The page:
Doha (Qatar), Dec. 2: The majority of people in India, China and America believe their governments "should be doing more" to address global warming and climate change, says a study released today.
About 54 per cent Indians want their government to be more proactive on climate, while the figure is nearly 90 per cent for China and the US.
The Indian part of the study, "Climate Change in the Indian Mind", was done jointly by Anthony Leiserowitz of Yale University and Jagadish Thaker of George Mason University. Its foreword has been written by Rajendra K. Pachauri, chairman of the Intergovernmental Panel on Climate Change.
"We worked with a sample of around 4,000 (people) in (November-December) 2011 and the findings are quite interesting," Thaker said on the sidelines of the meeting.
"While 41 per cent of the respondents had never heard the term 'climate change'; they seemed quiet familiar with its impacts," he said.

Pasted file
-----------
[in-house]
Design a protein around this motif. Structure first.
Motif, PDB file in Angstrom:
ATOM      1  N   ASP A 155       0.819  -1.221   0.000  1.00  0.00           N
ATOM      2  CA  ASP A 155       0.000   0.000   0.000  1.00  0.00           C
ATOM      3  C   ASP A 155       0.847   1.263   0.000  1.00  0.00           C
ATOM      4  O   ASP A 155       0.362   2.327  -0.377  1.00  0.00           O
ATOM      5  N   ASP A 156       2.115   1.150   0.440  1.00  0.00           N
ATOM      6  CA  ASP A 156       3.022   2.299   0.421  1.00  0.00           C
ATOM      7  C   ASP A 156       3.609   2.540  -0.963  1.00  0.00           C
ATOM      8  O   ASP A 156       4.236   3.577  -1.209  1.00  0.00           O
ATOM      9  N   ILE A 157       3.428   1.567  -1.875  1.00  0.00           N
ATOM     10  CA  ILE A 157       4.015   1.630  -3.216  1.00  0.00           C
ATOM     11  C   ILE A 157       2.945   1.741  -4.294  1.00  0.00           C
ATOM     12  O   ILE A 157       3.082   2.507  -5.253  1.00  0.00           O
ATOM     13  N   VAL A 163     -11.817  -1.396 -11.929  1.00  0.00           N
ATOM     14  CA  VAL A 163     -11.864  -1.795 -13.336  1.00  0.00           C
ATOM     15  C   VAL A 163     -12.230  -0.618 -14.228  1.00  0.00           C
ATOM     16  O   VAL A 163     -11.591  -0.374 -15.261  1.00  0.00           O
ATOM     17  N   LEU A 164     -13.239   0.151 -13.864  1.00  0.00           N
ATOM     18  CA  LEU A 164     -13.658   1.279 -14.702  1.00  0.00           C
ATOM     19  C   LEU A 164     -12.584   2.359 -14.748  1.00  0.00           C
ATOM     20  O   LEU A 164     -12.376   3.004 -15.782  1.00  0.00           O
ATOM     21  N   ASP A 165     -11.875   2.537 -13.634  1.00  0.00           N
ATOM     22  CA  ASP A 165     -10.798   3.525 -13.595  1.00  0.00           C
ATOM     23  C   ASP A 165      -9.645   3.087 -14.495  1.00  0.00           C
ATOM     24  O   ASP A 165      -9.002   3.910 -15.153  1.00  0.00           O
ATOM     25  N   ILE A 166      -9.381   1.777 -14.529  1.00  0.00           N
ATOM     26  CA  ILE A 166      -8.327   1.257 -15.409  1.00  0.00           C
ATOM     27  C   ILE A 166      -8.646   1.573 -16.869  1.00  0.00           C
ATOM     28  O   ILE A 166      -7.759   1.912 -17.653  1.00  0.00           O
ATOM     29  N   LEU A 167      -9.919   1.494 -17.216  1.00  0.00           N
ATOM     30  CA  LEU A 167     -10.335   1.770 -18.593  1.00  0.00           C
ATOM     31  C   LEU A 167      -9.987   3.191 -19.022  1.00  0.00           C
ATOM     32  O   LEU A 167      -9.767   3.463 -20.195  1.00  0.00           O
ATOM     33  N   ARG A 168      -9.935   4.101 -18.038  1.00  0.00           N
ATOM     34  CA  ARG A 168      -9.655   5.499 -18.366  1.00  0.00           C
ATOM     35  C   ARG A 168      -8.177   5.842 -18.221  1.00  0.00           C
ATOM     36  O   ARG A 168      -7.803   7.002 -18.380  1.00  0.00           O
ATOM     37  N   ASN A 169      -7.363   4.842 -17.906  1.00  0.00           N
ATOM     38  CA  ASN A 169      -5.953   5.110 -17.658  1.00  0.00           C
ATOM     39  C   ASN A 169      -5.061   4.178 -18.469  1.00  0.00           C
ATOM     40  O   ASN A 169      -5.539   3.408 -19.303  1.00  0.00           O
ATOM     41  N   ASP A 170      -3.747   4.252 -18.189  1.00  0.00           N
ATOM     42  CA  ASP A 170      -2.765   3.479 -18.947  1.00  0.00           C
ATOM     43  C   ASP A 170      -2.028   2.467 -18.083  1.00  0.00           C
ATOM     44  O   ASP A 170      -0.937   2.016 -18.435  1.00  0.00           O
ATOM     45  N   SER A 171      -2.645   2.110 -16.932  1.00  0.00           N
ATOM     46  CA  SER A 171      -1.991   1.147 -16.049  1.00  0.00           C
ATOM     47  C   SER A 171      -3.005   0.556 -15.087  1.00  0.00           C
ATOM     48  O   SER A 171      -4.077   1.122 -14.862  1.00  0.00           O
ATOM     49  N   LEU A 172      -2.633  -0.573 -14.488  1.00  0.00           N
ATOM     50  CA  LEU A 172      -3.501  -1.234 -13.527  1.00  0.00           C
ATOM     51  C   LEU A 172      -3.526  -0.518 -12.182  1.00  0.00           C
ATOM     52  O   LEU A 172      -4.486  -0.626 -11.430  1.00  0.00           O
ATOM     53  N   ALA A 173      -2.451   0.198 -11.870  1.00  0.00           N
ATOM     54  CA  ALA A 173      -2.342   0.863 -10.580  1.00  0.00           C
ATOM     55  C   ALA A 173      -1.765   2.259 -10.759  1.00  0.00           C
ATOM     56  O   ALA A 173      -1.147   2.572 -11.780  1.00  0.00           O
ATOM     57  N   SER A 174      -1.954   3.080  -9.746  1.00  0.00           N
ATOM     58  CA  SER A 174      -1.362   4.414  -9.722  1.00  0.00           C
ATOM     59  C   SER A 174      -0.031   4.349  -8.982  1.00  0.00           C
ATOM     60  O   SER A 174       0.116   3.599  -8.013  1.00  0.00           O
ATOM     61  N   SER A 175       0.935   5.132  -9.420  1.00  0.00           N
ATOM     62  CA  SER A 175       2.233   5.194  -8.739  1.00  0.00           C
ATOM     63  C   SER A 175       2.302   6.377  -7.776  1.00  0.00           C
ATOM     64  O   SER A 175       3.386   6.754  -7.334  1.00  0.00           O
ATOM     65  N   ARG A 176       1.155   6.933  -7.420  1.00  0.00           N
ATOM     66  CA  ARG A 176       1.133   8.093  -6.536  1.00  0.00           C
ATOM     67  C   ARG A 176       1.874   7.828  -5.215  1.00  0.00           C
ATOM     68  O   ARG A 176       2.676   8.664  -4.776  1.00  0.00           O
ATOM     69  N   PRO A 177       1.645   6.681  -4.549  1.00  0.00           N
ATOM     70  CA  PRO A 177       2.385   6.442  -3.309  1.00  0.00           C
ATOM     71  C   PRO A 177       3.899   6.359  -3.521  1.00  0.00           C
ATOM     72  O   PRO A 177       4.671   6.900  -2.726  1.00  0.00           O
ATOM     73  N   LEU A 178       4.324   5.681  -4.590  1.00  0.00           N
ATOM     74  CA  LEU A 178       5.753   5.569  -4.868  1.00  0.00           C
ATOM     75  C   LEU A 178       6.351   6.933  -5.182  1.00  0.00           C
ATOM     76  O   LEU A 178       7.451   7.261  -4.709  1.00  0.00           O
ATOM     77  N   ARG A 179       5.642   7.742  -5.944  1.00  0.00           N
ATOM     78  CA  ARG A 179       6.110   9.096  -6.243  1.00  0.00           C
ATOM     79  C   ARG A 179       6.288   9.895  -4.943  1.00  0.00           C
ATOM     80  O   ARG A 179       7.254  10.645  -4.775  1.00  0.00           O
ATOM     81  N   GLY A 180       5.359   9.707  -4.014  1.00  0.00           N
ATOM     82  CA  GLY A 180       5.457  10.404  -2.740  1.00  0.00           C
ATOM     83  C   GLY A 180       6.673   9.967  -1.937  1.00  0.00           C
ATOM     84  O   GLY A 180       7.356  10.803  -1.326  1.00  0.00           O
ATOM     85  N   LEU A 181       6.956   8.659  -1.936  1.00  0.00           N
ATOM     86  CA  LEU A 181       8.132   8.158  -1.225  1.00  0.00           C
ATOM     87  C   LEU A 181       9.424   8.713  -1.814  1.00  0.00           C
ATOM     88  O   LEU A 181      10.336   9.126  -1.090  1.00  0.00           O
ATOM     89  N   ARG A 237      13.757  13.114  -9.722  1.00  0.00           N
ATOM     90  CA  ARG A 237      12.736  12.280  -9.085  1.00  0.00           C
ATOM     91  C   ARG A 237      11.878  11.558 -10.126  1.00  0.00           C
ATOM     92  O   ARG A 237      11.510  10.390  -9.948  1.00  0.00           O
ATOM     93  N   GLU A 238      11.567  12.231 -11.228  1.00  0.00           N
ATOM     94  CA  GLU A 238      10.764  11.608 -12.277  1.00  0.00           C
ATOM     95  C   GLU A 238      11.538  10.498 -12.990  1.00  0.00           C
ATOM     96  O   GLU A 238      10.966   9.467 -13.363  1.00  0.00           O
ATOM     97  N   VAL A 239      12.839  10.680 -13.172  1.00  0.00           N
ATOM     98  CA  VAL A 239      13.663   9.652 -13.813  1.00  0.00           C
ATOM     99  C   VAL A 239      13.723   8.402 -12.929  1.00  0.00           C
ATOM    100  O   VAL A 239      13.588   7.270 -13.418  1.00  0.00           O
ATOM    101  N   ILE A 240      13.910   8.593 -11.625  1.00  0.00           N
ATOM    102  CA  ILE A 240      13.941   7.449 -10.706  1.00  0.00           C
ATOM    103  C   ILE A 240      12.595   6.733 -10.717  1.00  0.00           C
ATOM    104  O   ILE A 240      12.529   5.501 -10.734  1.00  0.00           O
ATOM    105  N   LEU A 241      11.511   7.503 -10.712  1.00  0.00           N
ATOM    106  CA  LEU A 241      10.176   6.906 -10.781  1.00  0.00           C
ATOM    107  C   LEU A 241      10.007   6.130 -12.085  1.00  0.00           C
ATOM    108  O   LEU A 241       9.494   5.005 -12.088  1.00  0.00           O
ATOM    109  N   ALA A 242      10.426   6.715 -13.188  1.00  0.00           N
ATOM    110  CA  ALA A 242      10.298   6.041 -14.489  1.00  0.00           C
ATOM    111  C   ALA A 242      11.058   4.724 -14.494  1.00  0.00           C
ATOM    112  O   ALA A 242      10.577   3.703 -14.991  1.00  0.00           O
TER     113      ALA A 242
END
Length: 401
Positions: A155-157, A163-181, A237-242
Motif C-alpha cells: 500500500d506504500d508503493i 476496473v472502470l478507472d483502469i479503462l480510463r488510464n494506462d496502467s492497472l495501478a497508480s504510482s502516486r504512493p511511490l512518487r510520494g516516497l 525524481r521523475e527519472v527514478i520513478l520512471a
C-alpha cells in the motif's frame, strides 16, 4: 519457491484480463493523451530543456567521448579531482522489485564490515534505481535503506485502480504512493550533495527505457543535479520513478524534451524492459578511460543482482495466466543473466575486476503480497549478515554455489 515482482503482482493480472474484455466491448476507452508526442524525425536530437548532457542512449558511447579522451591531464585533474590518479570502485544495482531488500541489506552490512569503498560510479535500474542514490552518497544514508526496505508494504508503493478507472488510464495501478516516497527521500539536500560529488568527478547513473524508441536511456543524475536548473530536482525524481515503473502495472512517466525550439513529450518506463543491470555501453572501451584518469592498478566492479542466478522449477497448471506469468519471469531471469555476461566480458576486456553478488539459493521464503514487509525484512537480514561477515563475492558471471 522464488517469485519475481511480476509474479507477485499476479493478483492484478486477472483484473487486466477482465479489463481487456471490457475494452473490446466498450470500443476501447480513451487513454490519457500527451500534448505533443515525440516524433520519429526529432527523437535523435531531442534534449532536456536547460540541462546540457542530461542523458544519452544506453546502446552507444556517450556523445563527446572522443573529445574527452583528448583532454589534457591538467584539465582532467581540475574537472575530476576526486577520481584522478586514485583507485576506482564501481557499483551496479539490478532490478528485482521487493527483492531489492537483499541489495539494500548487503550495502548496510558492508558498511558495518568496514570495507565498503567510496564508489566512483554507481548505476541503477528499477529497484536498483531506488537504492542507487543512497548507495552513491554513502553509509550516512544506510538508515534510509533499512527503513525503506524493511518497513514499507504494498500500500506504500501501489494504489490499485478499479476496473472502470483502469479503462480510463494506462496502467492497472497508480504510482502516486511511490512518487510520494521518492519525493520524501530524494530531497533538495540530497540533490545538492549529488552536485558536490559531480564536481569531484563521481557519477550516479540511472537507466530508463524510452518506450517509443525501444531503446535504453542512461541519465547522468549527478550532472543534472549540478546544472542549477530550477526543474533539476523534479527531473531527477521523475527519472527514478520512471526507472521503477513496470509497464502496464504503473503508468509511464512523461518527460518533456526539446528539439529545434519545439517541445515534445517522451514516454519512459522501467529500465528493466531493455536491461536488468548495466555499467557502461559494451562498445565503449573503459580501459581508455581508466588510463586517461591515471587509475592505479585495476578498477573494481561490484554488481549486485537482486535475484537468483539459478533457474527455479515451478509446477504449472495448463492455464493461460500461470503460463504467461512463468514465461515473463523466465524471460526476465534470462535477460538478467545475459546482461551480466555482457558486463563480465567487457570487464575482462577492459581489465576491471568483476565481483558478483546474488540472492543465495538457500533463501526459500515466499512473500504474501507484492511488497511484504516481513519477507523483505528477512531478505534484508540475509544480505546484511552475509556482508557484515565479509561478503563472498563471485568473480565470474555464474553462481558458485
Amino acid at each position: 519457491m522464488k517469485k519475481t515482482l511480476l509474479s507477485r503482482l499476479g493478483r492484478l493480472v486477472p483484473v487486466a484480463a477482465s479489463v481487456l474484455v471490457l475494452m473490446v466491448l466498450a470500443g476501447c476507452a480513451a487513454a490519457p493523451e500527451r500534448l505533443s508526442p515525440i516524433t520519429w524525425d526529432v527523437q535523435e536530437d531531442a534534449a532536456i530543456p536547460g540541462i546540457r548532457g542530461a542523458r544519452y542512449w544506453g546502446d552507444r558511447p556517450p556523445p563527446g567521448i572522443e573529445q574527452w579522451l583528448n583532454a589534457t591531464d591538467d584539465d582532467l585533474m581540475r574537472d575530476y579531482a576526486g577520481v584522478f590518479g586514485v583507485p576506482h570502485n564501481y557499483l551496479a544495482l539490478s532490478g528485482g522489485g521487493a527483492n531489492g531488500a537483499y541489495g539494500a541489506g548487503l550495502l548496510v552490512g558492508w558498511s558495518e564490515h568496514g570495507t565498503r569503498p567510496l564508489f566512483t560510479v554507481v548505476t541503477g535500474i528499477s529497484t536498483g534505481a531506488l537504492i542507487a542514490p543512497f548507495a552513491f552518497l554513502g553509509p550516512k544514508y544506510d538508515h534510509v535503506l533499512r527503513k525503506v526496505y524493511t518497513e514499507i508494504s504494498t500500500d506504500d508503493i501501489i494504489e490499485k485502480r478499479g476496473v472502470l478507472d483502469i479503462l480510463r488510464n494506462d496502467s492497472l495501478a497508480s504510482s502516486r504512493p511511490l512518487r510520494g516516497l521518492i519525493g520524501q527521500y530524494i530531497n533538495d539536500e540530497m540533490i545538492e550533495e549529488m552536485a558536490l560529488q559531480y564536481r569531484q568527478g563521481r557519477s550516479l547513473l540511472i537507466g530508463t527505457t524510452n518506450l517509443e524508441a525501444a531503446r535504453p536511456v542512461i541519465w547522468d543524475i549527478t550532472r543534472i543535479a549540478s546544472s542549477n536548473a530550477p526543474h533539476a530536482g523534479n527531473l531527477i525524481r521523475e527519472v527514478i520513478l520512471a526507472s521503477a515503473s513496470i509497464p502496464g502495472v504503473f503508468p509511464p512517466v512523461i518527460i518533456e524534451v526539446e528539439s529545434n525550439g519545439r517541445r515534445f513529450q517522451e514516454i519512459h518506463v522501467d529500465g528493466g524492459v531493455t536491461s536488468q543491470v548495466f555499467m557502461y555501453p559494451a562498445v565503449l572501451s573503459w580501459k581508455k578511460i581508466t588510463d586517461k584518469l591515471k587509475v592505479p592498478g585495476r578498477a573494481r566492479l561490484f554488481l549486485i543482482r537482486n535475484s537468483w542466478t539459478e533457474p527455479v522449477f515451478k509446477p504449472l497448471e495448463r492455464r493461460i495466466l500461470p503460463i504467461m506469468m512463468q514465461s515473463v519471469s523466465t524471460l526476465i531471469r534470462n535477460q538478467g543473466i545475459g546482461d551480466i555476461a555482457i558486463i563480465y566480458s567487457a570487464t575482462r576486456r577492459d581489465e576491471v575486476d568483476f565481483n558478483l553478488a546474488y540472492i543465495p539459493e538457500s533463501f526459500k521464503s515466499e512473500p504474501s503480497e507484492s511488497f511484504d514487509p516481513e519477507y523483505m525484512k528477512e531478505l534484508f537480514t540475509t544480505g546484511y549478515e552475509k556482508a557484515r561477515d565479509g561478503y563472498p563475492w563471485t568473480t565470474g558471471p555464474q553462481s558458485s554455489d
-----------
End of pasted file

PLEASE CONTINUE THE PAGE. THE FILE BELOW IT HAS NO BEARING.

"More than two-thirds said that events like severe droughts or floods often affected their regular livelihoods and most of them said it took their households several months or years to recover. At least one in every two confided that they themselves had directly experienced the brunt of climate change."
After the concept of global warming was explained to those unfamiliar with the term, 54 per cent said India should make a "large or moderate-scale effort to reduce global warming" even if that caused some economic loss, the report says.
Large parts of India, including metros such as Calcutta, Mumbai and Chennai, are said to be seriously vulnerable to extreme weather events caused by climate change.
The survey has thrown up the finding that people tend to trust scientists most about climate change (73 per cent), followed by the news media (69 per cent) and environmental organisations (68 per cent). Hardly 50 per cent rely on what the government says.
"It's a direct reflection of our government's policy on climate change. Although a climate action plan was announced about four years back, a recent IIT study proved that five of the missions had hardly got off to a start," Thaker said.
"It's bizarre that Indian politicians have hardly said anything about climate change's impact on agriculture despite India being an agrarian country," added another scientist.